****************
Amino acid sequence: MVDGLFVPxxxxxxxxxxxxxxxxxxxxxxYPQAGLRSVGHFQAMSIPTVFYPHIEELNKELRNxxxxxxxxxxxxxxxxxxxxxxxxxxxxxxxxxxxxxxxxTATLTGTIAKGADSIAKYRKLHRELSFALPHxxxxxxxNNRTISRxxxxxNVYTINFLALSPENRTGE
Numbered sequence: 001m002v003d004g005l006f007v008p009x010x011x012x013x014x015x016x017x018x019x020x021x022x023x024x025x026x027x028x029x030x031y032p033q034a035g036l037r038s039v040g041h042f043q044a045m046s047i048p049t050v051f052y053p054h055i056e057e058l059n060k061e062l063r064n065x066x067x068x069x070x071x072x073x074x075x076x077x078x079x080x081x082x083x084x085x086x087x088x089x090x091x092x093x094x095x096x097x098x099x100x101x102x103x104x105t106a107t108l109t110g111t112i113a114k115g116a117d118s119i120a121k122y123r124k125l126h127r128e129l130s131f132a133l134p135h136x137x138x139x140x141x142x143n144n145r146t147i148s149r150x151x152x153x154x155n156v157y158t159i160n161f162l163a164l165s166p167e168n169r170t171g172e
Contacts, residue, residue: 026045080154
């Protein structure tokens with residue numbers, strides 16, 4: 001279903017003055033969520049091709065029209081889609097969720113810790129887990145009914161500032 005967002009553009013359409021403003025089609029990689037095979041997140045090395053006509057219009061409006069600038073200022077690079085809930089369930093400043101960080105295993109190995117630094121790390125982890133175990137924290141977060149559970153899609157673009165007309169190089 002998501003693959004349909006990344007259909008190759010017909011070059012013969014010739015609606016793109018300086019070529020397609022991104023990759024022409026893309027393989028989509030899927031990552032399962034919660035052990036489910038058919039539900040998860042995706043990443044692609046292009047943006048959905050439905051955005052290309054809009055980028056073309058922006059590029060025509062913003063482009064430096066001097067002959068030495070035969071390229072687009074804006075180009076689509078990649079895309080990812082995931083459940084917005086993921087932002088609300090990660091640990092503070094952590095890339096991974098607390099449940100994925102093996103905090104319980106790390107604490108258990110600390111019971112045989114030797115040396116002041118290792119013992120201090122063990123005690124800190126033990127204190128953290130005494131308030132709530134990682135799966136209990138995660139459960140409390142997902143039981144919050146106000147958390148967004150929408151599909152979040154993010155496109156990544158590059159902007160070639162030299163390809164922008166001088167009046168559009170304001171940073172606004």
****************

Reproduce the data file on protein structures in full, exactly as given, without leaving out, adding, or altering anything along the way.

Amino acid sequence: MVDGLFVPxxxxxxxxxxxxxxxxxxxxxxYPQAGLRSVGHFQAMSIPTVFYPHIEELNKELRNxxxxxxxxxxxxxxxxxxxxxxxxxxxxxxxxxxxxxxxxTATLTGTIAKGADSIAKYRKLHRELSFALPHxxxxxxxNNRTISRxxxxxNVYTINFLALSPENRTGE
Numbered sequence: 001m002v003d004g005l006f007v008p009x010x011x012x013x014x015x016x017x018x019x020x021x022x023x024x025x026x027x028x029x030x031y032p033q034a035g036l037r038s039v040g041h042f043q044a045m046s047i048p049t050v051f052y053p054h055i056e057e058l059n060k061e062l063r064n065x066x067x068x069x070x071x072x073x074x075x076x077x078x079x080x081x082x083x084x085x086x087x088x089x090x091x092x093x094x095x096x097x098x099x100x101x102x103x104x105t106a107t108l109t110g111t112i113a114k115g116a117d118s119i120a121k122y123r124k125l126h127r128e129l130s131f132a133l134p135h136x137x138x139x140x141x142x143n144n145r146t147i148s149r150x151x152x153x154x155n156v157y158t159i160n161f162l163a164l165s166p167e168n169r170t171g172e
Contacts, residue, residue: 026045080154
């Protein structure tokens with residue numbers, strides 16, 4: 001279903017003055033969520049091709065029209081889609097969720113810790129887990145009914161500032 005967002009553009013359409021403003025089609029990689037095979041997140045090395053006509057219009061409006069600038073200022077690079085809930089369930093400043101960080105295993109190995117630094121790390125982890133175990137924290141977060149559970153899609157673009165007309169190089 002998501003693959004349909006990344007259909008190759010017909011070059012013969014010739015609606016793109018300086019070529020397609022991104023990759024022409026893309027393989028989509030899927031990552032399962034919660035052990036489910038058919039539900040998860042995706043990443044692609046292009047943006048959905050439905051955005052290309054809009055980028056073309058922006059590029060025509062913003063482009064430096066001097067002959068030495070035969071390229072687009074804006075180009076689509078990649079895309080990812082995931083459940084917005086993921087932002088609300090990660091640990092503070094952590095890339096991974098607390099449940100994925102093996103905090104319980106790390107604490108258990110600390111019971112045989114030797115040396116002041118290792119013992120201090122063990123005690124800190126033990127204190128953290130005494131308030132709530134990682135799966136209990138995660139459960140409390142997902143039981144919050146106000147958390148967004150929408151599909152979040154993010155496109156990544158590059159902007160070639162030299163390809164922008166001088167009046168559009170304001171940073172606004």